Talent and staffing flexibility top reasons to hire contingent workers

The vast majority of U.S. firms — 93 per cent — use contingent workers to get the job done, according to recent research conducted by the American Management Association (AMA).

The rationale for hiring such high levels of contingent workers seems to have more to do with the need for talent and staffing flexibility than with the bottom line. In fact, 73 per cent of companies cited the need to attract “specialized talent” as either “very” or “somewhat” important reasons to use contingent workers. And a full 91 per cent placed “flexibility in staffing issues” in those categories. Only 63 per cent indicated that “payroll reduction” was “very” or “somewhat” important.

The findings were part of a study conducted by the AMA in co-operation with the Seton Hall University Institute on Work in South Orange, N.J. The use of contingent workers has grown in the U.S. since the issue was last researched in 1996 by the AMA — 49 per cent of firms surveyed now employ more contingent workers, 23 per cent employ the same amount, and only 20 per cent employ fewer.

“The numbers for Canada are probably close,” says Gerry Henderson, program director at the Canadian Management Centre, who estimates the number of firms using contingent workers to be in the high 80-per-cent range. “We’re running on a bit of a lag, but we’ll get there within a year or two.” Henderson believes the lag is based on a more conservative business culture in Canada. “We’re a bit more risk-averse.”

In the U.S., 55 per cent of the largest businesses and 56 per cent of service firms have increased the number of contingent workers since 1996. Small businesses (44 per cent) and manufacturing firms (42 per cent) were not as likely to have increased the number of contingent workers.

A tight labour market may be one major factor for the increase in hiring specialized talent. The AMA’s Staffing and Structure survey, performed at the same time as the Contingent Worker survey, reveals that 66 per cent of HR directors at U.S. companies describe the current availability of skilled manpower as “scarce.”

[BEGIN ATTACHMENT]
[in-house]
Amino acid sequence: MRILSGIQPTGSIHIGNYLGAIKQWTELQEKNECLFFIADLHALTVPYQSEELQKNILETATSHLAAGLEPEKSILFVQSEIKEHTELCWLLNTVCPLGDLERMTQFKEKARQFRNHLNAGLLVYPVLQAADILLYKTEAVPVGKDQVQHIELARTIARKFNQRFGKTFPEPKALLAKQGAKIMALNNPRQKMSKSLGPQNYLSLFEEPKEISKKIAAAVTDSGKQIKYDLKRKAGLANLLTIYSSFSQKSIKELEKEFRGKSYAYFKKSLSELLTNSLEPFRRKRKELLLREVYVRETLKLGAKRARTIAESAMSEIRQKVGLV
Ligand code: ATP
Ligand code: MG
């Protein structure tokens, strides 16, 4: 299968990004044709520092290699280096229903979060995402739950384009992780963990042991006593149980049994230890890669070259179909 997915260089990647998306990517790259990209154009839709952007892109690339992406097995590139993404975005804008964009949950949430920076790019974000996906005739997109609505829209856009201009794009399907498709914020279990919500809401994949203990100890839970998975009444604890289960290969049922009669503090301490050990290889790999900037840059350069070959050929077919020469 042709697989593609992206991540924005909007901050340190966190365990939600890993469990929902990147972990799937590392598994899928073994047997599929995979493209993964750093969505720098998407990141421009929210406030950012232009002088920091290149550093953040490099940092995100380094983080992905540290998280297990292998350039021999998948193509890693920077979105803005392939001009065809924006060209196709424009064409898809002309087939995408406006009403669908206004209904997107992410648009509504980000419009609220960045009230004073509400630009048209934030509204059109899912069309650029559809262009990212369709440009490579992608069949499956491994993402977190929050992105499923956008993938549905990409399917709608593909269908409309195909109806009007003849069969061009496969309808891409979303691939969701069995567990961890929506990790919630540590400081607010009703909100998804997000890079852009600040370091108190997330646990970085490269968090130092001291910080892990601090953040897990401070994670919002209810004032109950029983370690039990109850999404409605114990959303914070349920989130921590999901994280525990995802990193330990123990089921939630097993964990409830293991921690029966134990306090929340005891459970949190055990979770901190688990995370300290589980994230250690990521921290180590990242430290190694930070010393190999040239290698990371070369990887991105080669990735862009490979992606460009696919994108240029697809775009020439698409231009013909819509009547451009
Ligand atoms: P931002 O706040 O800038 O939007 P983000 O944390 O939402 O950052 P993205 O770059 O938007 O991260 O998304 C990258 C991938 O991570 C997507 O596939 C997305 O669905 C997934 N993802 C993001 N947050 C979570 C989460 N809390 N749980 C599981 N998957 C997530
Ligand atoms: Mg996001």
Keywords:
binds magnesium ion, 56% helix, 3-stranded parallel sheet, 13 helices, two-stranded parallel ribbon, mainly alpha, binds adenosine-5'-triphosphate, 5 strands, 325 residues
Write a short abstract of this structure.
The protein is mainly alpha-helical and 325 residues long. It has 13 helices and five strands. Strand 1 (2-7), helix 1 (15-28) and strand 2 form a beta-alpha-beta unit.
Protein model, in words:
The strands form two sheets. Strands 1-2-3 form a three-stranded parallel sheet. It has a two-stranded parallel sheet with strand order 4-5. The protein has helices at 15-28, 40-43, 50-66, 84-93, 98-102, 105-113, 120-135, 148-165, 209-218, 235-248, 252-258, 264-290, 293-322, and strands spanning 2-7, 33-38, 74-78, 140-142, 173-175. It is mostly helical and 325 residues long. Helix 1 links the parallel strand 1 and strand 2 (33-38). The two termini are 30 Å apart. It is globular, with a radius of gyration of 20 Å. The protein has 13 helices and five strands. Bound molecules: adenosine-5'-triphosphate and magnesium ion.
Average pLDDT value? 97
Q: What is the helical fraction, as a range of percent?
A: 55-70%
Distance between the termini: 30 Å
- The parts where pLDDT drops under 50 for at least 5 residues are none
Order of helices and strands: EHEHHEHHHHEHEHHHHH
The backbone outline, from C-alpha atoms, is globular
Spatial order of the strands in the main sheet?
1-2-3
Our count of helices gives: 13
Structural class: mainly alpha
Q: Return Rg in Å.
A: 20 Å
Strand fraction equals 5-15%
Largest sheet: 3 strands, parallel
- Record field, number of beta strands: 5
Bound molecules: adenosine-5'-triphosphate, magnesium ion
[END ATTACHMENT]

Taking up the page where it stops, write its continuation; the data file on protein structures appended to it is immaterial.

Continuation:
Eric Rolfe Greenberg, director of management studies for the AMA, says “the correlation between these data suggest that in a period of great demand for skilled employees, companies are looking at contingent workers as a solution to the problems of small applicant pools and greater recruiting challenges.”

Among a variety of job sectors, those requiring skilled or specific competencies had a higher increase in the use of contingent workers than those using unskilled workers. Forty-five per cent of companies surveyed reported a higher use of contingent workers in their information systems operations. The use of contingent workers for manufacturing was up 42 per cent, and finance and accounting was up 33 per cent. These numbers compare to a rise of only 23 per cent for maintenance and cleaning and 19 per cent for transportation and distribution.

Another possible reason for the increase in contingent workers may come from management’s changing view of labour. The AMA’s Staffing and Structure survey indicated that 36 per cent of U.S. firms created new jobs and eliminated old ones concurrently during the 12 months ending in mid-1999. This workplace fluidity suggests that employers hire contingent workers to provide the flexibility needed to move their businesses quickly. Cost then becomes a secondary issue.

“We are seeing a clear reflection of the next wave in staffing issues,” says Barrie Peterson, associate director of Seton Hall’s Institute on Work. “Management is recalibrating its relationship with labour, and changing it from a fixed to a more flexible component as a means of meeting the demands of increasingly competitive and efficient markets.”

Ellen Bayer, global practice leader for AMA, says “these surveys show us the importance of approaching staffing issues from a strategic viewpoint. As companies try harder and harder to reap efficiencies and competitive advantage from their organizational structures, the sophisticated and strategic use of a variety of staffing solutions, from temporary workers and outsourcing to full-time hires, will become essential. Companies should be schooled and ready to capitalize on the variety of options at their disposal.”

Latest stories